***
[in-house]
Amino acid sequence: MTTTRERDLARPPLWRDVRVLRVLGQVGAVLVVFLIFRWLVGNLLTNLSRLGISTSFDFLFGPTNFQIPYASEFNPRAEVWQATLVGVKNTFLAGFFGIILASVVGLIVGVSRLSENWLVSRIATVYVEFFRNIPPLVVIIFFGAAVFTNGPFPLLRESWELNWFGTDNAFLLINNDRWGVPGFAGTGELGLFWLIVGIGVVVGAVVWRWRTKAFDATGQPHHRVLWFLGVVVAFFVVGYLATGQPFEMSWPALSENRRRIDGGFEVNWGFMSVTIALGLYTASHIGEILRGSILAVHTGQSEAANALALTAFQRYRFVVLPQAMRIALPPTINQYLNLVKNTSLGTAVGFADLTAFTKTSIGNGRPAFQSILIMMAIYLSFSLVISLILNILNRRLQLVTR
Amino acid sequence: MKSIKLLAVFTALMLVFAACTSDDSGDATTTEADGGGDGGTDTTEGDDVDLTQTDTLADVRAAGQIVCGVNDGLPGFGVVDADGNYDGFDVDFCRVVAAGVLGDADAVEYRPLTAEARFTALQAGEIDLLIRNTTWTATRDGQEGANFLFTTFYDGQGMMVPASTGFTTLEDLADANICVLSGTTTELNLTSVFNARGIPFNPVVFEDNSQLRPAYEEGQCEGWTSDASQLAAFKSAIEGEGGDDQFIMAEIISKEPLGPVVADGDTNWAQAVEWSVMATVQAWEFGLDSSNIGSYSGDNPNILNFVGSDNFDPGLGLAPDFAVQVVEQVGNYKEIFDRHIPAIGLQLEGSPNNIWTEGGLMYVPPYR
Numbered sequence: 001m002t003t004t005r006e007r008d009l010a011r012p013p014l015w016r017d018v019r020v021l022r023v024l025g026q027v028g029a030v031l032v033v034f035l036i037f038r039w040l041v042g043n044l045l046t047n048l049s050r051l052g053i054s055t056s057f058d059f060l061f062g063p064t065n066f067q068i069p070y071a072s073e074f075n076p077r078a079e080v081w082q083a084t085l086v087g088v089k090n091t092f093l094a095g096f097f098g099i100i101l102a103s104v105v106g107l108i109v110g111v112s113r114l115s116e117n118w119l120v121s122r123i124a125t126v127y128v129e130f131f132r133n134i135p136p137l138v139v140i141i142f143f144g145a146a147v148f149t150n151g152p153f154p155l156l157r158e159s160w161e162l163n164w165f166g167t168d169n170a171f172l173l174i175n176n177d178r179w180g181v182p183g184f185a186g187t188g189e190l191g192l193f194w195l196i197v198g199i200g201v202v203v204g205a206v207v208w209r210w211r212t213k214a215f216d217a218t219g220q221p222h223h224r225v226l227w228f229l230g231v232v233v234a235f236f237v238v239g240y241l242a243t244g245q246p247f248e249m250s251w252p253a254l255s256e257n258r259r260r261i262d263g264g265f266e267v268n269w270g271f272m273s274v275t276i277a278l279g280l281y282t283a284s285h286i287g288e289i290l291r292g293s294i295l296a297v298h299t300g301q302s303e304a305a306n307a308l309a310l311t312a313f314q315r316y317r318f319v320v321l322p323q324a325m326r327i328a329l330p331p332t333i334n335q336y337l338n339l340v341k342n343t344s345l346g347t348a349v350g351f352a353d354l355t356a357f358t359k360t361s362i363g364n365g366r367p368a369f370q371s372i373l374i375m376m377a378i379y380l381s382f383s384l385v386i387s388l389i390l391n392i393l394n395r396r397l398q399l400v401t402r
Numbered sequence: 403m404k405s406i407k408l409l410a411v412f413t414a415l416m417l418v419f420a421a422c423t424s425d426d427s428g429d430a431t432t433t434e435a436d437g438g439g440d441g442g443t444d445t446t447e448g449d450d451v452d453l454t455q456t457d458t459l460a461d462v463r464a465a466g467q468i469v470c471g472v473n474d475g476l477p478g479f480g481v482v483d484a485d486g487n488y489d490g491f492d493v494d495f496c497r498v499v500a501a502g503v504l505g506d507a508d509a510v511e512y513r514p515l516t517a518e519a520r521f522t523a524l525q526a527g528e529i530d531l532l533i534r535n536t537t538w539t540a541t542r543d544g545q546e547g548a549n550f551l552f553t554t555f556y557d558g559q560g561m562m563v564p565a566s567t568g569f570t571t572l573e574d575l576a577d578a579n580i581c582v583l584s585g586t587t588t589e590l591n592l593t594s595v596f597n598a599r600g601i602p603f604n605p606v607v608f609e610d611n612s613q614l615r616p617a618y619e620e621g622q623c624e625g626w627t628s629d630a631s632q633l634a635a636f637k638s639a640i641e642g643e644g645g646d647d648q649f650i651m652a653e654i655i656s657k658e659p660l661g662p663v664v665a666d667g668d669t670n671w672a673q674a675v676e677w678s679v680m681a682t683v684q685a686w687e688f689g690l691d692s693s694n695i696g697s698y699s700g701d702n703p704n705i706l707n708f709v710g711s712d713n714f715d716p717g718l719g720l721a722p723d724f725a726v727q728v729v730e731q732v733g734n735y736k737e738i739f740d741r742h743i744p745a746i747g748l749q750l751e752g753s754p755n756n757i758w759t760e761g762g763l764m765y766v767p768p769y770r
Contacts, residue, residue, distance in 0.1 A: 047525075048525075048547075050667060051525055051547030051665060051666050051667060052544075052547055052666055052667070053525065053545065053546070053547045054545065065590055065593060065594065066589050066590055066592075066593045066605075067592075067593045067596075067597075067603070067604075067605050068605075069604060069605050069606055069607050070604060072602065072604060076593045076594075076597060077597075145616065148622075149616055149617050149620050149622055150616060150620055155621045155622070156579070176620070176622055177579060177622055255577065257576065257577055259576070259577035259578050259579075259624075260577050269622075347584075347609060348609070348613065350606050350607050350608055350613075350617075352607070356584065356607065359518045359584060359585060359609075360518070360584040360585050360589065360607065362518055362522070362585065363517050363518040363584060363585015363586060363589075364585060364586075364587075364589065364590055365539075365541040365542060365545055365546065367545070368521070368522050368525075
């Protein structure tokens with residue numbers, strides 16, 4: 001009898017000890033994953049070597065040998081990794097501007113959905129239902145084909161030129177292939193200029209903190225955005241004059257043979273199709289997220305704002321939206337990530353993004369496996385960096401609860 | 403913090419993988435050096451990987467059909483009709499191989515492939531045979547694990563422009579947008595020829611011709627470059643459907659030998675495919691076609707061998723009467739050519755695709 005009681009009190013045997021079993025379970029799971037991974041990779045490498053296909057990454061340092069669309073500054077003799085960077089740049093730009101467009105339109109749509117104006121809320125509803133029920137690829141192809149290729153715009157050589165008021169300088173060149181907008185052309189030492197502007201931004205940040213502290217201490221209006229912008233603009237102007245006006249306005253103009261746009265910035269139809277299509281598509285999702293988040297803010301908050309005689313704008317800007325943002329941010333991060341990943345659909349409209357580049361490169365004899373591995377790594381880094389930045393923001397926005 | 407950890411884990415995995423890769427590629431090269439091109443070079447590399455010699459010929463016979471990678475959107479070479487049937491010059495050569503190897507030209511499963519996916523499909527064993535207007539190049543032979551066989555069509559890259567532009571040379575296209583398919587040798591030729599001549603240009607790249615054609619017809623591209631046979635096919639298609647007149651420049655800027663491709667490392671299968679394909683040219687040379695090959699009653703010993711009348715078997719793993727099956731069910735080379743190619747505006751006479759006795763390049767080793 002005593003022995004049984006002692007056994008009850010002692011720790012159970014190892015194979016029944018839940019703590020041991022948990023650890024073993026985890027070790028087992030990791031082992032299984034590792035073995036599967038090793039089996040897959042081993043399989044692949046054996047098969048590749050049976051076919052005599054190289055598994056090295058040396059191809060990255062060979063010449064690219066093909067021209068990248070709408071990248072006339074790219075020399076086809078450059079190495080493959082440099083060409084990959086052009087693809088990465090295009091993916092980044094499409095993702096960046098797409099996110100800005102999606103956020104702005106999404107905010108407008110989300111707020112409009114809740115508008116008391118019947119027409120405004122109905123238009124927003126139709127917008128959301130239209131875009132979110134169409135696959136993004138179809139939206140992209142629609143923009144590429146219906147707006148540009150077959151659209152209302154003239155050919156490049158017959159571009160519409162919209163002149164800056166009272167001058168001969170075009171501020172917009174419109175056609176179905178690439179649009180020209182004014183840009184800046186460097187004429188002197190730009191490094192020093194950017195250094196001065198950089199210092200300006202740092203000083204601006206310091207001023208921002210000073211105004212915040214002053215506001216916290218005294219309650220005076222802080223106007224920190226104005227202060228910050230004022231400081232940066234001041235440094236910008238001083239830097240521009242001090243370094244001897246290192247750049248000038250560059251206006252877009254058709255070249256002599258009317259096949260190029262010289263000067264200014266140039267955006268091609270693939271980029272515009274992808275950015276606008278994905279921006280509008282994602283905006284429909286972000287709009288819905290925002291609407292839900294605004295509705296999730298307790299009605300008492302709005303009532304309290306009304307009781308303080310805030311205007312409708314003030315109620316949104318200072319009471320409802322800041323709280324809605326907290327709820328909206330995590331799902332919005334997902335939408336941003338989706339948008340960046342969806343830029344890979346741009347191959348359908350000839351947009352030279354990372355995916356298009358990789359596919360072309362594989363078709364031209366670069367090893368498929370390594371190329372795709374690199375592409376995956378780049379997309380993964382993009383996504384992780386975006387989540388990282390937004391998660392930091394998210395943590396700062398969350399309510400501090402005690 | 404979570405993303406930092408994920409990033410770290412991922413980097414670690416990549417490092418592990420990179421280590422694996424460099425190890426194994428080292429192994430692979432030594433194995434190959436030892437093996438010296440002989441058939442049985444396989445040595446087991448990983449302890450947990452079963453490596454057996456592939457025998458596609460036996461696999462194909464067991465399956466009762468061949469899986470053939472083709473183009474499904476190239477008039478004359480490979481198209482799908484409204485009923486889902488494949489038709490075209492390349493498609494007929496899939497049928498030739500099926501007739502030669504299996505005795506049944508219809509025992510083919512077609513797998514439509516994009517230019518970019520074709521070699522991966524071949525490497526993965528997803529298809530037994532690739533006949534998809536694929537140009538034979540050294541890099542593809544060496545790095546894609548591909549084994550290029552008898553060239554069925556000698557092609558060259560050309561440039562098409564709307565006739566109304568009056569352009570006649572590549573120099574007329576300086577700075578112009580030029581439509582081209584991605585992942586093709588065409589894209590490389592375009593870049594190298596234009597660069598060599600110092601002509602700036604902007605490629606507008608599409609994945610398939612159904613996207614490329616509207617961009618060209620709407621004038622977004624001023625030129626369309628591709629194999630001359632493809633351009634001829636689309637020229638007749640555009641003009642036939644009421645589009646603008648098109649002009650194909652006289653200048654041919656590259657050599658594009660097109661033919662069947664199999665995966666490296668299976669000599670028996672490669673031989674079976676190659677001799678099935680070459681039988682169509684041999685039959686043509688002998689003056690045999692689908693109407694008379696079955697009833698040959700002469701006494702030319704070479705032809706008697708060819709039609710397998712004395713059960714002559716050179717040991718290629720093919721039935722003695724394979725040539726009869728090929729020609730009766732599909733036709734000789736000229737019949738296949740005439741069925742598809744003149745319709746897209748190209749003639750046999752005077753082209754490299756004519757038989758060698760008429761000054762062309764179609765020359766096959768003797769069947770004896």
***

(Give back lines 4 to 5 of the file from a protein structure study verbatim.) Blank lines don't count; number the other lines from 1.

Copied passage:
Numbered sequence: 001m002t003t004t005r006e007r008d009l010a011r012p013p014l015w016r017d018v019r020v021l022r023v024l025g026q027v028g029a030v031l032v033v034f035l036i037f038r039w040l041v042g043n044l045l046t047n048l049s050r051l052g053i054s055t056s057f058d059f060l061f062g063p064t065n066f067q068i069p070y071a072s073e074f075n076p077r078a079e080v081w082q083a084t085l086v087g088v089k090n091t092f093l094a095g096f097f098g099i100i101l102a103s104v105v106g107l108i109v110g111v112s113r114l115s116e117n118w119l120v121s122r123i124a125t126v127y128v129e130f131f132r133n134i135p136p137l138v139v140i141i142f143f144g145a146a147v148f149t150n151g152p153f154p155l156l157r158e159s160w161e162l163n164w165f166g167t168d169n170a171f172l173l174i175n176n177d178r179w180g181v182p183g184f185a186g187t188g189e190l191g192l193f194w195l196i197v198g199i200g201v202v203v204g205a206v207v208w209r210w211r212t213k214a215f216d217a218t219g220q221p222h223h224r225v226l227w228f229l230g231v232v233v234a235f236f237v238v239g240y241l242a243t244g245q246p247f248e249m250s251w252p253a254l255s256e257n258r259r260r261i262d263g264g265f266e267v268n269w270g271f272m273s274v275t276i277a278l279g280l281y282t283a284s285h286i287g288e289i290l291r292g293s294i295l296a297v298h299t300g301q302s303e304a305a306n307a308l309a310l311t312a313f314q315r316y317r318f319v320v321l322p323q324a325m326r327i328a329l330p331p332t333i334n335q336y337l338n339l340v341k342n343t344s345l346g347t348a349v350g351f352a353d354l355t356a357f358t359k360t361s362i363g364n365g366r367p368a369f370q371s372i373l374i375m376m377a378i379y380l381s382f383s384l385v386i387s388l389i390l391n392i393l394n395r396r397l398q399l400v401t402r
Numbered sequence: 403m404k405s406i407k408l409l410a411v412f413t414a415l416m417l418v419f420a421a422c423t424s425d426d427s428g429d430a431t432t433t434e435a436d437g438g439g440d441g442g443t444d445t446t447e448g449d450d451v452d453l454t455q456t457d458t459l460a461d462v463r464a465a466g467q468i469v470c471g472v473n474d475g476l477p478g479f480g481v482v483d484a485d486g487n488y489d490g491f492d493v494d495f496c497r498v499v500a501a502g503v504l505g506d507a508d509a510v511e512y513r514p515l516t517a518e519a520r521f522t523a524l525q526a527g528e529i530d531l532l533i534r535n536t537t538w539t540a541t542r543d544g545q546e547g548a549n550f551l552f553t554t555f556y557d558g559q560g561m562m563v564p565a566s567t568g569f570t571t572l573e574d575l576a577d578a579n580i581c582v583l584s585g586t587t588t589e590l591n592l593t594s595v596f597n598a599r600g601i602p603f604n605p606v607v608f609e610d611n612s613q614l615r616p617a618y619e620e621g622q623c624e625g626w627t628s629d630a631s632q633l634a635a636f637k638s639a640i641e642g643e644g645g646d647d648q649f650i651m652a653e654i655i656s657k658e659p660l661g662p663v664v665a666d667g668d669t670n671w672a673q674a675v676e677w678s679v680m681a682t683v684q685a686w687e688f689g690l691d692s693s694n695i696g697s698y699s700g701d702n703p704n705i706l707n708f709v710g711s712d713n714f715d716p717g718l719g720l721a722p723d724f725a726v727q728v729v730e731q732v733g734n735y736k737e738i739f740d741r742h743i744p745a746i747g748l749q750l751e752g753s754p755n756n757i758w759t760e761g762g763l764m765y766v767p768p769y770r